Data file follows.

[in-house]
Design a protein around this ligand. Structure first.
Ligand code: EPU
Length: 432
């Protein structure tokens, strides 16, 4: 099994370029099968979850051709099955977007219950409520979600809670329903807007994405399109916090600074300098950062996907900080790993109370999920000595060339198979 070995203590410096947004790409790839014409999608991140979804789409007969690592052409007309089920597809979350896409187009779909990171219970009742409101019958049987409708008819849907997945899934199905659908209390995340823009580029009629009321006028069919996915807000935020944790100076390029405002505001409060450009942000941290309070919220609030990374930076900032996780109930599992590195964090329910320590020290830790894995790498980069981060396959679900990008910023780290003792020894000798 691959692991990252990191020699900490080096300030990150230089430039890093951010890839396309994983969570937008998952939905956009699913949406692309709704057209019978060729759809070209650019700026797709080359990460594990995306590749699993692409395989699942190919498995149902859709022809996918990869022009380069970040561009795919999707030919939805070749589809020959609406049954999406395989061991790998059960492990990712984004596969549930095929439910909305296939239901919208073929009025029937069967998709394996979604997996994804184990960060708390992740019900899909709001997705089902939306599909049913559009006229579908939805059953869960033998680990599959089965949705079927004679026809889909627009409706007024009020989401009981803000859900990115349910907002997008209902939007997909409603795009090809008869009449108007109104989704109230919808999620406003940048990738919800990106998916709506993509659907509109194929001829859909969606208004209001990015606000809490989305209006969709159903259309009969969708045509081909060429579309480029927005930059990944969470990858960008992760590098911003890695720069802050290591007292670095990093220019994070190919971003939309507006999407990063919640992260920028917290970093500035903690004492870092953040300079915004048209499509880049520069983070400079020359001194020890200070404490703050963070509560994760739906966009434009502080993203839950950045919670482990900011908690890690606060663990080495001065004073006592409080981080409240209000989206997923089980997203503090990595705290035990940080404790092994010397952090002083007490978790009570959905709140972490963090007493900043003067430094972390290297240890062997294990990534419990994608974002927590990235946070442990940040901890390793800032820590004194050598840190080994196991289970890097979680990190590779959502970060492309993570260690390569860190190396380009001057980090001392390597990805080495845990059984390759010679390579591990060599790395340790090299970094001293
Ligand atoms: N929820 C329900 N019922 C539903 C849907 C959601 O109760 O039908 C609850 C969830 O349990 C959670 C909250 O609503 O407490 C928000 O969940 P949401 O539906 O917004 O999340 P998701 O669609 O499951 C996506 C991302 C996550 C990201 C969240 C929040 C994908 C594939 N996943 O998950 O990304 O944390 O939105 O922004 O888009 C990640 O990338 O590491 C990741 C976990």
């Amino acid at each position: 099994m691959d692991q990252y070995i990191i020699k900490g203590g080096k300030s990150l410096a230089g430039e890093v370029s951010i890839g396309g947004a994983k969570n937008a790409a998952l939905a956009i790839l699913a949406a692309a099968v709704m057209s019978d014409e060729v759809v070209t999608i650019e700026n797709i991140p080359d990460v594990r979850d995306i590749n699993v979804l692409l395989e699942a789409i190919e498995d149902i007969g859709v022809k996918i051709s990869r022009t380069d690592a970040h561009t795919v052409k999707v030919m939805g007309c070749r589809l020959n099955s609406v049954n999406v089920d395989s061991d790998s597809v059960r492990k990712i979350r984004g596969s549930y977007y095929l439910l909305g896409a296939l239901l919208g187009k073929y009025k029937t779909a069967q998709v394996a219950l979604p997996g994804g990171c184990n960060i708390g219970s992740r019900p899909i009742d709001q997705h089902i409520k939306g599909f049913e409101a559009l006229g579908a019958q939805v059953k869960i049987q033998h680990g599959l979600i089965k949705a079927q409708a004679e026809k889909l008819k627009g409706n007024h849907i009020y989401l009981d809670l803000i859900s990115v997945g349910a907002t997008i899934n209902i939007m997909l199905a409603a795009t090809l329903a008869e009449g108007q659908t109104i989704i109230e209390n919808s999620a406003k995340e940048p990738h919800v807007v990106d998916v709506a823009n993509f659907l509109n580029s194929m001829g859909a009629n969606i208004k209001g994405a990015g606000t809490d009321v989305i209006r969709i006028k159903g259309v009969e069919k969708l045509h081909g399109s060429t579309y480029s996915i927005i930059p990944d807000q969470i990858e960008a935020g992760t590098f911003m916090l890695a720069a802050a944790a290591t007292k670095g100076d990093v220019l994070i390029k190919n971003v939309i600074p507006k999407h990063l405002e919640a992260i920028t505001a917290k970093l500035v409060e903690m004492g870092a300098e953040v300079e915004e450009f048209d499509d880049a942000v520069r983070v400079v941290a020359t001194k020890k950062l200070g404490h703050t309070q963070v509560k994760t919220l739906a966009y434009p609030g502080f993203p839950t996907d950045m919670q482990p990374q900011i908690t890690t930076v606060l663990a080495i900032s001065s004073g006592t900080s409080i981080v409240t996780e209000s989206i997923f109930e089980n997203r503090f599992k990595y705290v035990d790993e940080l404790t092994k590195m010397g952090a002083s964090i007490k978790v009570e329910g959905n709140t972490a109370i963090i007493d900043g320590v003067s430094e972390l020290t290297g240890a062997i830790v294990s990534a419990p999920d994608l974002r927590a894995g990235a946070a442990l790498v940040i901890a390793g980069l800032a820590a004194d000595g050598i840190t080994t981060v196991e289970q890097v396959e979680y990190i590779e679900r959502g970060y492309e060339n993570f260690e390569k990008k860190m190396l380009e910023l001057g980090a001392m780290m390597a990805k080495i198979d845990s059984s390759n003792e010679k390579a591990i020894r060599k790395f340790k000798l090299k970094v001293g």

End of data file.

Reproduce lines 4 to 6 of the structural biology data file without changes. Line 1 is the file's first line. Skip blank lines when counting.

Length: 432
């Protein structure tokens, strides 16, 4: 099994370029099968979850051709099955977007219950409520979600809670329903807007994405399109916090600074300098950062996907900080790993109370999920000595060339198979 070995203590410096947004790409790839014409999608991140979804789409007969690592052409007309089920597809979350896409187009779909990171219970009742409101019958049987409708008819849907997945899934199905659908209390995340823009580029009629009321006028069919996915807000935020944790100076390029405002505001409060450009942000941290309070919220609030990374930076900032996780109930599992590195964090329910320590020290830790894995790498980069981060396959679900990008910023780290003792020894000798 691959692991990252990191020699900490080096300030990150230089430039890093951010890839396309994983969570937008998952939905956009699913949406692309709704057209019978060729759809070209650019700026797709080359990460594990995306590749699993692409395989699942190919498995149902859709022809996918990869022009380069970040561009795919999707030919939805070749589809020959609406049954999406395989061991790998059960492990990712984004596969549930095929439910909305296939239901919208073929009025029937069967998709394996979604997996994804184990960060708390992740019900899909709001997705089902939306599909049913559009006229579908939805059953869960033998680990599959089965949705079927004679026809889909627009409706007024009020989401009981803000859900990115349910907002997008209902939007997909409603795009090809008869009449108007109104989704109230919808999620406003940048990738919800990106998916709506993509659907509109194929001829859909969606208004209001990015606000809490989305209006969709159903259309009969969708045509081909060429579309480029927005930059990944969470990858960008992760590098911003890695720069802050290591007292670095990093220019994070190919971003939309507006999407990063919640992260920028917290970093500035903690004492870092953040300079915004048209499509880049520069983070400079020359001194020890200070404490703050963070509560994760739906966009434009502080993203839950950045919670482990900011908690890690606060663990080495001065004073006592409080981080409240209000989206997923089980997203503090990595705290035990940080404790092994010397952090002083007490978790009570959905709140972490963090007493900043003067430094972390290297240890062997294990990534419990994608974002927590990235946070442990940040901890390793800032820590004194050598840190080994196991289970890097979680990190590779959502970060492309993570260690390569860190190396380009001057980090001392390597990805080495845990059984390759010679390579591990060599790395340790090299970094001293
Ligand atoms: N929820 C329900 N019922 C539903 C849907 C959601 O109760 O039908 C609850 C969830 O349990 C959670 C909250 O609503 O407490 C928000 O969940 P949401 O539906 O917004 O999340 P998701 O669609 O499951 C996506 C991302 C996550 C990201 C969240 C929040 C994908 C594939 N996943 O998950 O990304 O944390 O939105 O922004 O888009 C990640 O990338 O590491 C990741 C976990």